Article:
Conversion Confusion!

siog

New member
Hi all,

Can someone shed some light on this feature in the dbx386 preamp -

"The 376 uses the proprietary Dbx Type IV A-D conversion system, which is designed to extend the headroom for any given digital bit-depth by introducing a non-linear region that affects only high-level signals. In this case, the top 4dB of the dynamic range is made logarithmic rather than linear — so that the further signals push into this region, the more they are squashed. In fact, the log law means that you can never get to the point of digital clipping and, because the logarithmic law mimics tape and tube distortion, it can actually enhance the signal to make it sound more 'analogue'. A further benefit is that, by avoiding clipping, high frequency detail is preserved, albeit in a slightly distorted form, whereas clipping would obliterate it altogether. As Type IV is unclippable, a separate limiter is also unnecessary."

If a preamp doesn't have a feature such as this, what does it mean in simple English?

Cheers
 

Bobbsy

Boring Old Git
Okay, that's one of the best examples of technical mumbo jumbo written. It's designed to sound impressive.

What it means is that there's a soft limiter with a roughly 4:1 ratio for levels above about -4dB(FS). Supposedly this emulates an analogue chain that goes into soft clipping (an effect that some like) before it starts to sound horrible.

What does it mean if a preamp doesn't have this? It means you have to get your gain staging right so you don't clip in the first place--or use a separate limiter in the chain.

Don't get me wrong, the dbx is a pretty good pre amp and the "analogue simulation" while not sounding exactly analogue can be nice on some things.

However, I really, really don't like manufacturers who try to big themselves up with almost meaningless technical buzz words.
 

Armistice

Son of Yoda
This would be a "nice to have" feature if it was able to be turned off. If it does it automatically, not sure I'd want it.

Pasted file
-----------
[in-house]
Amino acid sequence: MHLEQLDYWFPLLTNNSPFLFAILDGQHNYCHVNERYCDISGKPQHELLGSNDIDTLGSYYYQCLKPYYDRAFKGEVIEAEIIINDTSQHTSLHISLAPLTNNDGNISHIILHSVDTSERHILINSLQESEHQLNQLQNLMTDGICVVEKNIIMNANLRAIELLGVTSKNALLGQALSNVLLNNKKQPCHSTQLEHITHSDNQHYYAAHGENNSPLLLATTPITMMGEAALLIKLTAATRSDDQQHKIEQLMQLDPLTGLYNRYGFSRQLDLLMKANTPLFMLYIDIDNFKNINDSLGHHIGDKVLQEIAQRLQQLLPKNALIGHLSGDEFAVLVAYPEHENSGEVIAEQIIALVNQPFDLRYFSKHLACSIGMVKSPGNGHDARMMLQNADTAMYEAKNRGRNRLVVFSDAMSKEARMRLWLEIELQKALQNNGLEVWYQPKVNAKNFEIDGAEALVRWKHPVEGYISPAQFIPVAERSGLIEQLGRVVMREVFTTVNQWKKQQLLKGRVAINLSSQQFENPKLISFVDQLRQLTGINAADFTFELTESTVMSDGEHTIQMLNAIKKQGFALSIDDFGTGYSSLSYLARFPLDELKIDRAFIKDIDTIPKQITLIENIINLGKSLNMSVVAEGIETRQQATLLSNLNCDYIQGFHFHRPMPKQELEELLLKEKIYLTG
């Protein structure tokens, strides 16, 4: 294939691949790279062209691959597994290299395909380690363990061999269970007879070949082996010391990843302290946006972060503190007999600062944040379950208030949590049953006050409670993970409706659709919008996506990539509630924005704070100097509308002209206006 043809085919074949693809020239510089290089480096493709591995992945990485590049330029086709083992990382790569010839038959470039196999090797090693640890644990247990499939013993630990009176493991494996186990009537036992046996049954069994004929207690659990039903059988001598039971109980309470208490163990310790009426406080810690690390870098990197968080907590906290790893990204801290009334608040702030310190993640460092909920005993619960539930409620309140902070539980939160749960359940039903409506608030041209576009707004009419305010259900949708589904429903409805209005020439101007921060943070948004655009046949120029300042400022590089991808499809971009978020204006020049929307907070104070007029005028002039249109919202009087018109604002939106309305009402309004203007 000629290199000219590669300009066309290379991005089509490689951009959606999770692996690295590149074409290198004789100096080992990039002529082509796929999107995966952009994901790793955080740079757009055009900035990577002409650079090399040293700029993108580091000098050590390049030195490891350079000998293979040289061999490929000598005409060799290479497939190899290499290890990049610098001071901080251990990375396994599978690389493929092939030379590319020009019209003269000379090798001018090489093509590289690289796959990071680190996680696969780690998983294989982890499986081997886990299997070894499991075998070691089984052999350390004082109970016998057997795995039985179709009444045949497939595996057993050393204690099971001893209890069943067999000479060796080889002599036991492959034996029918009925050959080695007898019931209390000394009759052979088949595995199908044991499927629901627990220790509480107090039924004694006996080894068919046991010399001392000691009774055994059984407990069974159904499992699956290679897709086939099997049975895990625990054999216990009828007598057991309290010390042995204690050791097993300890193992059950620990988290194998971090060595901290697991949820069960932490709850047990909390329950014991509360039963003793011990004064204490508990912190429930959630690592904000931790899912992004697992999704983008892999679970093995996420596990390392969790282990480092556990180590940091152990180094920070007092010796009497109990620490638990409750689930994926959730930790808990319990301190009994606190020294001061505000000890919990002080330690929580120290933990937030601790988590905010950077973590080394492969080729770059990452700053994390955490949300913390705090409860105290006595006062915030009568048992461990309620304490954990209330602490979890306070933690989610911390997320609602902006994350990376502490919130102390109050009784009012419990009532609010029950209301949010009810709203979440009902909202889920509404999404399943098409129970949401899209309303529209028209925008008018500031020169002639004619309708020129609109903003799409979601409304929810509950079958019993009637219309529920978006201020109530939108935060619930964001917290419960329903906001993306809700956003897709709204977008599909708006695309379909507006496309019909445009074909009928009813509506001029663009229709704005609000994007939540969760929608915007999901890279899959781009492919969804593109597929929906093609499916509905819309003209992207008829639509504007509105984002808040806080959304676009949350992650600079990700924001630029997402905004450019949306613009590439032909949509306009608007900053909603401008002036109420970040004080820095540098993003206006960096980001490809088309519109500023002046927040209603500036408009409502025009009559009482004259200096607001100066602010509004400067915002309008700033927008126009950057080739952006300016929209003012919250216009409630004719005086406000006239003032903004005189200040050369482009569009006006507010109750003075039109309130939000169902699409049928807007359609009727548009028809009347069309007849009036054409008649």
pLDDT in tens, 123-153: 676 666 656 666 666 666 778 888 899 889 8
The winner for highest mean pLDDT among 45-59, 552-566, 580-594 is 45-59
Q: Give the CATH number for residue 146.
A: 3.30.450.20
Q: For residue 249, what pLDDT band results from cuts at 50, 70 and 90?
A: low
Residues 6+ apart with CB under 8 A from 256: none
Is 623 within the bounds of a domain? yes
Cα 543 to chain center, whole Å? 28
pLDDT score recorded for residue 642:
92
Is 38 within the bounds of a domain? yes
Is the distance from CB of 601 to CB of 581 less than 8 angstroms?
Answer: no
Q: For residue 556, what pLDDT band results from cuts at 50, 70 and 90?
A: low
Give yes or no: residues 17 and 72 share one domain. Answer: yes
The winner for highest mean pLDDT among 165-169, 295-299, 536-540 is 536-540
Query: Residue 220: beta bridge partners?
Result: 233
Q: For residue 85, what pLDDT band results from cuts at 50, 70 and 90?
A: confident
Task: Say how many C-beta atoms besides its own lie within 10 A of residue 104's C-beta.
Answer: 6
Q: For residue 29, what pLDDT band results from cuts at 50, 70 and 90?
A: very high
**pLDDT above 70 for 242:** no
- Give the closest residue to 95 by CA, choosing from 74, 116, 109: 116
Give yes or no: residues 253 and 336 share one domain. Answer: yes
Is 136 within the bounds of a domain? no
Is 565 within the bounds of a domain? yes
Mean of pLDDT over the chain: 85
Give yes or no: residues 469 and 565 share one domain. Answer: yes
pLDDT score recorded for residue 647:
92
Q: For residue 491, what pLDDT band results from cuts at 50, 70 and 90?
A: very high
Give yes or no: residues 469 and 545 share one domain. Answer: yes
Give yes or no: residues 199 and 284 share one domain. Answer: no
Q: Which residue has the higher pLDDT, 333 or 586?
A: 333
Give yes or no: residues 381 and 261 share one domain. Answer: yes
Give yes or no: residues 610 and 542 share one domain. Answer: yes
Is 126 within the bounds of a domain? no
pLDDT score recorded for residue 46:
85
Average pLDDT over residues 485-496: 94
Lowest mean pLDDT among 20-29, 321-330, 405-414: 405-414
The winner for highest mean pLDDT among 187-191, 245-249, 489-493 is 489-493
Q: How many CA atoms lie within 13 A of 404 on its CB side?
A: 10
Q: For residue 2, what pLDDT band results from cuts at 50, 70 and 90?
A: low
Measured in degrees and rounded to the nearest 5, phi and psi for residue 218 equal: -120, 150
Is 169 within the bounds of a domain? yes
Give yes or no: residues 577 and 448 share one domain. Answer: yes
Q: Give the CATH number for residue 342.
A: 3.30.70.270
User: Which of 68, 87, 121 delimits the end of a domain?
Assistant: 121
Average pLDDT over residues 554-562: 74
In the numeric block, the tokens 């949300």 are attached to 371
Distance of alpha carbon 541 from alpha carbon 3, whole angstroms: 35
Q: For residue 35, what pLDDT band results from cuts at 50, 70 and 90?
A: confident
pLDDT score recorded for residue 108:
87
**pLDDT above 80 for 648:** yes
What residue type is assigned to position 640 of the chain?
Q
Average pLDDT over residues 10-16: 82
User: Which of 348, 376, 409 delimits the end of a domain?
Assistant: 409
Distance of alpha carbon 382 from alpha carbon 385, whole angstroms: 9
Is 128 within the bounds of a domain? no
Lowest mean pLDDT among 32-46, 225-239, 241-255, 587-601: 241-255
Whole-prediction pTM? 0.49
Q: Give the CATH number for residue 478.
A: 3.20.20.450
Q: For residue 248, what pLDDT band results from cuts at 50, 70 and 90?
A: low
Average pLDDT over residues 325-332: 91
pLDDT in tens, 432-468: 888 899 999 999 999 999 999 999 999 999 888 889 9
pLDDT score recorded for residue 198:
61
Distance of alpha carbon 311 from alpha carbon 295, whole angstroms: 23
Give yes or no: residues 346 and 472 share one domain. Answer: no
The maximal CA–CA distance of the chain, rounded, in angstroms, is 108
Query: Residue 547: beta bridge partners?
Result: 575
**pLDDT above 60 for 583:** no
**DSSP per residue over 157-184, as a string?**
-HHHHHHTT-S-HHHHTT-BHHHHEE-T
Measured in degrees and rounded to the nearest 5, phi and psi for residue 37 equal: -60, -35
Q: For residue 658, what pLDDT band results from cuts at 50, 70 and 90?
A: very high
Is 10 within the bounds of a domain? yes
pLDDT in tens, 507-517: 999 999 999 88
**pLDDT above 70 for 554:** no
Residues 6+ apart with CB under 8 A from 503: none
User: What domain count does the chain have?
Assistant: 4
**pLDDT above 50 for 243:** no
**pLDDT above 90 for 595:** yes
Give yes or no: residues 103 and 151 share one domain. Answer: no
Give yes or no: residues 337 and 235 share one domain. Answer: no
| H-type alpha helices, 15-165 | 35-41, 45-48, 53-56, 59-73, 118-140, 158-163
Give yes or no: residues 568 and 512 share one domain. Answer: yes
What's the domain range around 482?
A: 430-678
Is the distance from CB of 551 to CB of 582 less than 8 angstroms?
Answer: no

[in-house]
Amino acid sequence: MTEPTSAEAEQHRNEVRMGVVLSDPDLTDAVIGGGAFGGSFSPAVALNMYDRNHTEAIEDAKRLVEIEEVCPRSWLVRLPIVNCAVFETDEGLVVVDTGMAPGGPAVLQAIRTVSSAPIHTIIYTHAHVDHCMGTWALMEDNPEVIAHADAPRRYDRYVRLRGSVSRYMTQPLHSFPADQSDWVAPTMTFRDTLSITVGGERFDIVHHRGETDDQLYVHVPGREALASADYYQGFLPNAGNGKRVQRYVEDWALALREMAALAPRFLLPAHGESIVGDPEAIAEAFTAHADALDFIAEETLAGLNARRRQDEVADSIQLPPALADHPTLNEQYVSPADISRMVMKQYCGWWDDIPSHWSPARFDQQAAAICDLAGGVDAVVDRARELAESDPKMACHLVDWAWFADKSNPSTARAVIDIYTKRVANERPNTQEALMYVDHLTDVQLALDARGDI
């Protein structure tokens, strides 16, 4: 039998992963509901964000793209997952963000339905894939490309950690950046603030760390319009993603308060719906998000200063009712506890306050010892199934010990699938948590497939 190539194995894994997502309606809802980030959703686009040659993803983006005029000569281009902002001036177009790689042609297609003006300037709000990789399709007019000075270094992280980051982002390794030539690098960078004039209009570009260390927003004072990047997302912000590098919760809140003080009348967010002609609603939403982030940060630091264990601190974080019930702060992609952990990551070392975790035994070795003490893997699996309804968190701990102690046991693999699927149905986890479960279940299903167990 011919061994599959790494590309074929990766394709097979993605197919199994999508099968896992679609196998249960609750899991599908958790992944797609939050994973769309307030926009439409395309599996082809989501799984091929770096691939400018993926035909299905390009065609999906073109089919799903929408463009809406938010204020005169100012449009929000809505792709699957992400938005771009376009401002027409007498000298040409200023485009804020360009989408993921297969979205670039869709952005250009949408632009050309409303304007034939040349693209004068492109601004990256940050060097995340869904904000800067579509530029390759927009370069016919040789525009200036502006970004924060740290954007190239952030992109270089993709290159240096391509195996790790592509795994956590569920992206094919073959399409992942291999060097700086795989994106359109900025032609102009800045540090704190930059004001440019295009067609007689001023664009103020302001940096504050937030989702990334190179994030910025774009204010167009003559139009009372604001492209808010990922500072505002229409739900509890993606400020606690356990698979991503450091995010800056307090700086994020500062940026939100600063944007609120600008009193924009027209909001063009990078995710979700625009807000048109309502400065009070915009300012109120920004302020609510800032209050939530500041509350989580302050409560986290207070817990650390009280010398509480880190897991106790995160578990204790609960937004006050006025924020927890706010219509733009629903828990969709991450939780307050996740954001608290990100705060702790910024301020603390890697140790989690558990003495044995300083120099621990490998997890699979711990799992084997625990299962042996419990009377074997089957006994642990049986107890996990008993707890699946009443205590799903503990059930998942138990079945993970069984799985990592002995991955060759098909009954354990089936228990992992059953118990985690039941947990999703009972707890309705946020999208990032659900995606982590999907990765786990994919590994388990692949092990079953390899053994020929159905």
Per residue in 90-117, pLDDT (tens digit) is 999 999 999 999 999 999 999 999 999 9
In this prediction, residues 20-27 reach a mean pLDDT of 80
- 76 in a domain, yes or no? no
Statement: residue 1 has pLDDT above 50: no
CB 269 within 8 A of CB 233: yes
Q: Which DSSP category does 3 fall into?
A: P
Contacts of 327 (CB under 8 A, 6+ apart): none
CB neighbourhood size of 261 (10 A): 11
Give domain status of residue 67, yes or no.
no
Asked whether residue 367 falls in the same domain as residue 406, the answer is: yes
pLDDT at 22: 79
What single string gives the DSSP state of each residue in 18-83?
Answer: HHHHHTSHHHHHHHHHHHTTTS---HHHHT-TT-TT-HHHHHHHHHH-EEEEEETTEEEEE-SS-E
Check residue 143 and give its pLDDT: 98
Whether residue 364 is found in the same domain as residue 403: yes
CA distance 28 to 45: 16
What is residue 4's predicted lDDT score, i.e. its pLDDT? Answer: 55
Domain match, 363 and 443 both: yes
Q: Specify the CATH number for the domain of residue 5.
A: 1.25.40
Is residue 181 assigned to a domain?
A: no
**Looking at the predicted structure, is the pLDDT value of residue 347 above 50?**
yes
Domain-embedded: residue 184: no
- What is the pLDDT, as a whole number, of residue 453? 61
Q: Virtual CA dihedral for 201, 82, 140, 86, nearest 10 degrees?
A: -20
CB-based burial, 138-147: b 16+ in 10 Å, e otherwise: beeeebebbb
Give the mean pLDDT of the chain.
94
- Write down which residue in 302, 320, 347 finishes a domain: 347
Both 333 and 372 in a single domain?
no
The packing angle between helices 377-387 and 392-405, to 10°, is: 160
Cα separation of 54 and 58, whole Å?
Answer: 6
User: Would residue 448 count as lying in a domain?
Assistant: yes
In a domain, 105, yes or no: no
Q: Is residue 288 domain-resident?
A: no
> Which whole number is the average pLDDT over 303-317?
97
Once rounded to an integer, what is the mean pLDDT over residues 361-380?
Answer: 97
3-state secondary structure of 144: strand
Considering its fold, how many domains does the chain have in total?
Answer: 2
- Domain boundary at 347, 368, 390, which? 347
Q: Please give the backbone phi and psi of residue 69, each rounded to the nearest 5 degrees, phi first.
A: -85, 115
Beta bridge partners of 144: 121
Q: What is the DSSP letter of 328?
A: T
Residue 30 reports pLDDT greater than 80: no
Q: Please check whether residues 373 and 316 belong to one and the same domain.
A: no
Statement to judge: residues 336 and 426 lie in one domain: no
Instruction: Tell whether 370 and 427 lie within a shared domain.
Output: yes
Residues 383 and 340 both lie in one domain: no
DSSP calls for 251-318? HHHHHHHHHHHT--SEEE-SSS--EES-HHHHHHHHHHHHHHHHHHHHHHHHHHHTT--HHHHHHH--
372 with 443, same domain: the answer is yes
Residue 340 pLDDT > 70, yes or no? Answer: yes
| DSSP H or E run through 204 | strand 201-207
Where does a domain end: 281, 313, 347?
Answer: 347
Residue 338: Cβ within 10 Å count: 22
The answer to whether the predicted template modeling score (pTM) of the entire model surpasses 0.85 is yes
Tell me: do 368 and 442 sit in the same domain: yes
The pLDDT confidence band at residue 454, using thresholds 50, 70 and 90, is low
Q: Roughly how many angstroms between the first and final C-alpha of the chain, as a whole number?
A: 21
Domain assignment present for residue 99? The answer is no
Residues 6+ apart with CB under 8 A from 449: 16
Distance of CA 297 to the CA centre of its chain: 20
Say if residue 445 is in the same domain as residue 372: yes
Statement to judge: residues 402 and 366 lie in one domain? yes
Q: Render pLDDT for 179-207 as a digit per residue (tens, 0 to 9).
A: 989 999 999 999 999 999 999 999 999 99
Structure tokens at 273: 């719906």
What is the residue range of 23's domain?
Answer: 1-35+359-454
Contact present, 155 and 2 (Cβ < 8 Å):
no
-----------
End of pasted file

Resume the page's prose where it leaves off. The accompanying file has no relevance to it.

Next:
Bobbsy

Boring Old Git
Good point. I'd want to be in control.

...though it sounds like it shouldn't have much effect unless you push your levels above -4dB(FS) anyway (which is normally a bad idea (unless you deliberately want the limiter to kick in of course).
 

siog

New member
I had a reply from Harman about the dbx feature - the Type IV A/D conversion can not be switched off or bypassed when sending a digital signal.

One more question - would it make more sense to buy a preamp without an A/D converter, e.g: the Art Pro MPA II, and a separate A/D converter such as Aphex D 500 Duo 500-series Chassis ?

Is it usual to use a preamp with an A/D converter or is there an argument for having the preamps and converter housed in separate units?

Cheers :)
 

Armistice

Son of Yoda
Most of us use audio interfaces with the preamp and converter in the same unit. You can usually bypass the preamps using a line signal from something else if you wish to.

I'd avoid getting anywhere near the last 4dB during tracking anyway. You should be averaging -12 to -18 - that's the accepted wisdom down here.

If I were you I'd stop worrying about separate units, and work out the best audio interface you can afford with the number of channels you need if you're relatively new to this. You can worry about high end standalone preamps and converters later when you've made your first million... there are almost always other factors that you need to spend money on first before getting into that type of kit in your typical home recording set up...

Of course if you've got all that covered already, know exactly what you're doing and have the cash, knock yourself out...
 
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